Alibaba (NYSE:BABA), the so-called Amazon.com (NASDAQ:AMZN) of China, always generates investor scrutiny. That’s especially true at this juncture. After a meteoric rise in 2017 when Alibaba stock finally justified its premium, we’re now at an impasse.
On one hand, the BABA stock price at nearly $169 represents a 23% swing from the beginning of this year. This is an impressive tally, considering that the 380-stock exchange-traded fund iShares MSCI China ETF (NYSEARCA:MCHI) is up less than 12% during the same period. Also, the SPDR S&P 500 ETF (NYSEARCA:SPY) has gained almost 19% in 2019.
But on the other hand, Alibaba stock is almost dead-even with 2018’s opening price. In other words, shares of the Chinese e-commerce giant haven’t moved for over a year-and-a-half. Obviously, that’s not the type of performance you want to see if you’re a China bull.
For comparison sake, Amazon shares are up almost 27% YTD. Extended that period to the January 2018 opener and AMZN shows a 59% increase.
Will BABA stock match or even exceed this track record? Or will stakeholders regret holding on too tightly? Here are three pros and three cons to consider:
Pro: Trade War Truce Potentially Benefits Alibaba Stock
Unless you’ve been living under a rock, you know that the U.S.-China trade war has weighed heavily on global markets. What appeared as a rapprochement between the top-two economies of the world last year deteriorated into a war of words.
However, the recent G20 summit in Japan provided an opportunity for both sides to lay the groundwork for a deal. It was a highly anticipated and tense moment for President Donald Trump and his counterpart President Xi Jinping. Though the two administrations didn’t disclose many substantive details, we at least have one critical agreement: both nations will delay escalating tariffs.
Unsurprisingly, the BABA stock price responded positively to the developments. Since the beginning of June, shares gained more than 16%. This contrasts sharply with the month of May, when tensions flared and Alibaba shares hemorrhaged 21%.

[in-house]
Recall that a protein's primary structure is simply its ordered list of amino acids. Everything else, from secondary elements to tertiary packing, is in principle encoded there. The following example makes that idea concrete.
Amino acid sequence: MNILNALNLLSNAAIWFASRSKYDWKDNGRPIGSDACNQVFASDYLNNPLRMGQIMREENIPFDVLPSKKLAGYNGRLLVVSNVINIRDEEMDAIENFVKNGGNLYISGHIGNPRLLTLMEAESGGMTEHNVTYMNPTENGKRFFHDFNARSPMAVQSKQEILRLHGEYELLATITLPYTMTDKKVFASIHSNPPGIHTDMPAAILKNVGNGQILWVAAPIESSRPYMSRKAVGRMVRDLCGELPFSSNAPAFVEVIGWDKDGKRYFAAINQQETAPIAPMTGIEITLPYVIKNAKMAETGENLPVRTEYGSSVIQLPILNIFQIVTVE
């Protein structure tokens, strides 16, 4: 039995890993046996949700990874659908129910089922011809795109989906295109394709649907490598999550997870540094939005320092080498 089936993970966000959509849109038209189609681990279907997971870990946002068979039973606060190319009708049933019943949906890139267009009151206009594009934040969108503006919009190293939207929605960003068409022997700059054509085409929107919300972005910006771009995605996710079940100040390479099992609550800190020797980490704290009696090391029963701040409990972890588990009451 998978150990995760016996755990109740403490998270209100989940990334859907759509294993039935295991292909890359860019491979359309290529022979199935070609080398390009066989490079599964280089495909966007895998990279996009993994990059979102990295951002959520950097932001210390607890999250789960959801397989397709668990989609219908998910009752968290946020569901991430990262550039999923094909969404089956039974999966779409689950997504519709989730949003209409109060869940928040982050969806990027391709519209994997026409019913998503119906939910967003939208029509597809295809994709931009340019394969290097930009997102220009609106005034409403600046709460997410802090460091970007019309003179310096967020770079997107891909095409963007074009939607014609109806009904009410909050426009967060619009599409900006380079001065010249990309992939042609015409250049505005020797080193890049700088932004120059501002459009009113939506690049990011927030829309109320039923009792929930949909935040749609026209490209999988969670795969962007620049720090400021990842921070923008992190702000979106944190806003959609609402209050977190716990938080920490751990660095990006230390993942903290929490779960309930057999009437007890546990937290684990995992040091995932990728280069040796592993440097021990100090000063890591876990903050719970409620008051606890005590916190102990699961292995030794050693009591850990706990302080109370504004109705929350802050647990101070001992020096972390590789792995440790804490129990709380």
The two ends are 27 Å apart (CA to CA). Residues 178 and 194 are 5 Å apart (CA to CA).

The implication is clear: strong U.S.-China relations equal a healthy Alibaba stock.
Pro: Regulations? What Regulations?
Invariably, whenever a discussion about Chinese stocks stirs, you’ll eventually come across their government’s notorious control mechanisms. Let’s face it: China has an infamous record for censorship and for cracking down on elements their administration finds disagreeable. Under that environment, you might worry about the longer-term trajectory of the BABA stock price.
However, for Alibaba and other Chinese consumer-tech firms, like JD.com (NASDAQ:JD), China offers a more agreeable marketplace. That’s because so far, neither the Chinese government nor the general public have shown qualms about their push for products and services featuring artificial intelligence. For instance, facial recognition programs raise concerns about online privacy.
These issues stymie American tech giants like Alphabet (NASDAQ:GOOG, NASDAQ:GOOGL) and Facebook (NASDAQ:FB). In comparison, Chinese companies have free reign to explore their innovations. Logically, this dynamic has favorable implications for Alibaba stock.
Pro: BABA Stock Receives Flagship Support
One of the things you should understand about Chinese stocks is that this segment is very political. Whereas American companies are largely driven by the profit motive, Chinese blue chips represent both profiteering and patriotism.
What do I mean by this? China has very ambitious goals, such as their “Made in China 2025” initiative. If you keep up on geopolitical news, you’ll realize that they’re not satisfied with merely being big. They want to be the biggest and the baddest, essentially replacing the U.S. from its tech leadership role.